She-Hulk #3

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Exemplary Kevin Wada watercolor markers cover!

The son of Victor Von Doom, Kristoff Vernard, is attempting to defect from Latveria and receive asylum in the US. So he’s come to the office of She-Hulk, PLLC. Not that she was his first choice, this is the 15th firm that he’s tried.

Mini-Von Doom: “..The idea was that you must possess more fortitude than the average member of your profession. And now that I have met you, I see that there is nothing average about you at all.”

Shulk: “Are you.. Was that.. did you just hit on me?”

Von Doom, Jr: “Eh. Probably.”

They head for lattes and Kristoff Vernard tells her about his father’s oppressive rule over Latveria, about raising him to follow his father’s footsteps and carry his legacy. She-Hulk decides to take his case, but time becomes of the essence when she finds out that he’s been in the country for EXACTLY one year. If the petition for asylum isn’t filed within a year then that path is closed. Luckily Kristoff who-does-not-take-cabs has a driver ready and Jennifer knows a judge, “I saved her niece from Skrulls once. She should be able to get us in today.” 

His driver turns out to be a doombot sent to take him back to Latveria. Kristoff takes it in stride, She-Hulk KOs the freaky robot and then grabs Kristoff and finds the stashed Fantasticar. One of the old ones. (it looks like a penis)

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 Kristoff is bummed, the doombot must have alerted his father to their plan …but She-Hulk has a plan!

And it involves Hellcat!

(She-Hulk’s assistant with the monkey is weirding me out… where is Soule going with this?) 

All things go well… until Victor Von Doom drops in. Well then.

This series is consistently entertaining. It’s tied with Loki:Agent of Asgard for my new fave. Pulido’s art is very distinctive. It’s not typical of the current fashion but reflects more classic styles. Bright, clear, sparse backgrounds, thick outlines. The faces are weird. They are, but I enjoy how unique it is. It’s very distinctive.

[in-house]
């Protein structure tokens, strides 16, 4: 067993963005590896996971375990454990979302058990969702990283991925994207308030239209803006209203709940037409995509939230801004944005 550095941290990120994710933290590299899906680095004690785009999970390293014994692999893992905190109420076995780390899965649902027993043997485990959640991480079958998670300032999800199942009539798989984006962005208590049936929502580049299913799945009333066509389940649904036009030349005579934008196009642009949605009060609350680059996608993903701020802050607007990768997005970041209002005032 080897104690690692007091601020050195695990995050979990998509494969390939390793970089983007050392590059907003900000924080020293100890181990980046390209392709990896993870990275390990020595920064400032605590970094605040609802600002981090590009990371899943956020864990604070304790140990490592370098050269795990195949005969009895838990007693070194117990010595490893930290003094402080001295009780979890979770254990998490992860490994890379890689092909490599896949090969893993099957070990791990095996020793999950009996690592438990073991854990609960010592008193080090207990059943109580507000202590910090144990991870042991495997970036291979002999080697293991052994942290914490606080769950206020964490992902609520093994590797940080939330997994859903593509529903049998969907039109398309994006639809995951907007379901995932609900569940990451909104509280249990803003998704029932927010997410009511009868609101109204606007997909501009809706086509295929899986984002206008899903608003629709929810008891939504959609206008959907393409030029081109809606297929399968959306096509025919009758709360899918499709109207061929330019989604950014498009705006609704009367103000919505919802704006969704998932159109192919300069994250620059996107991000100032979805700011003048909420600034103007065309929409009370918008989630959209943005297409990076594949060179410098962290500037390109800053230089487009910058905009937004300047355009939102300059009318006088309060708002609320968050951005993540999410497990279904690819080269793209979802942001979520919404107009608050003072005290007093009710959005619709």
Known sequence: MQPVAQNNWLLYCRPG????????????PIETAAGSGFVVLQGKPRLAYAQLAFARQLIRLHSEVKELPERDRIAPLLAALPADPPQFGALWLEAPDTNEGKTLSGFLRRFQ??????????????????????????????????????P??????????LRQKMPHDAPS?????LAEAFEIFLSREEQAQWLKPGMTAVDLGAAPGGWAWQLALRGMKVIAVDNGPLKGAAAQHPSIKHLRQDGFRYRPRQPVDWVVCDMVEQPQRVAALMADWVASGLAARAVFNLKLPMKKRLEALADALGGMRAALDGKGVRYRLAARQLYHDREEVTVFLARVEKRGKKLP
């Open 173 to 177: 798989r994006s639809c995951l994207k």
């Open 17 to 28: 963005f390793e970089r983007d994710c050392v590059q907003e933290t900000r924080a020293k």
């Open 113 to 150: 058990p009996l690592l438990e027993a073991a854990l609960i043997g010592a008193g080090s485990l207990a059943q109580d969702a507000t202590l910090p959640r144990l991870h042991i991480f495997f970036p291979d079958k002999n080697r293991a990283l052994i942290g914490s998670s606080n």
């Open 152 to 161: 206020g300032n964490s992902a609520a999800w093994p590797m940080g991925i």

Soule’s writing here is very light hearted, but Walters comes off as determined (and very Ally McBeal-ish). The issues thus far have focussed mainly on social interactions and quirky dialogue while still adding in enough zany action to not feel like a rom-com in a law office or a procedural script. And I find it really interesting that they are turning to these very B-List characters to hold up the story (Stark was in issue one.. but Hellcat, Kristoff, Sharon King are all finding a life here after some time by the wayside). I love it. 

One thought on “She-Hulk #3

  1. The better She Hulk solo books have always carried the light-hearted feel, and they do tend to bring out B-list characters. Dan Slott’s run brought back Two-Gun Kid from Marvel’s western comic days via. time travel, and John Byrne’s run featured characters like US Agent (A cyborg superhero with a gadget-filled big rig truck).

    What makes this run special so far is, even with all the humour and B-list characters, it still has a grounded feel. The authenticity of a writer who’s also a lawyer certainly helps. And while the art is a bit of an acquired taste, there’s so much detail and thought put into it.

    The other titles sent She Hulk to space several times each, and the Time Trial storyline, well … that was hilariously chaotic. And Byrne’s run hardly had any lawyer work at all, swapping it for tons of 4th wall breaking.

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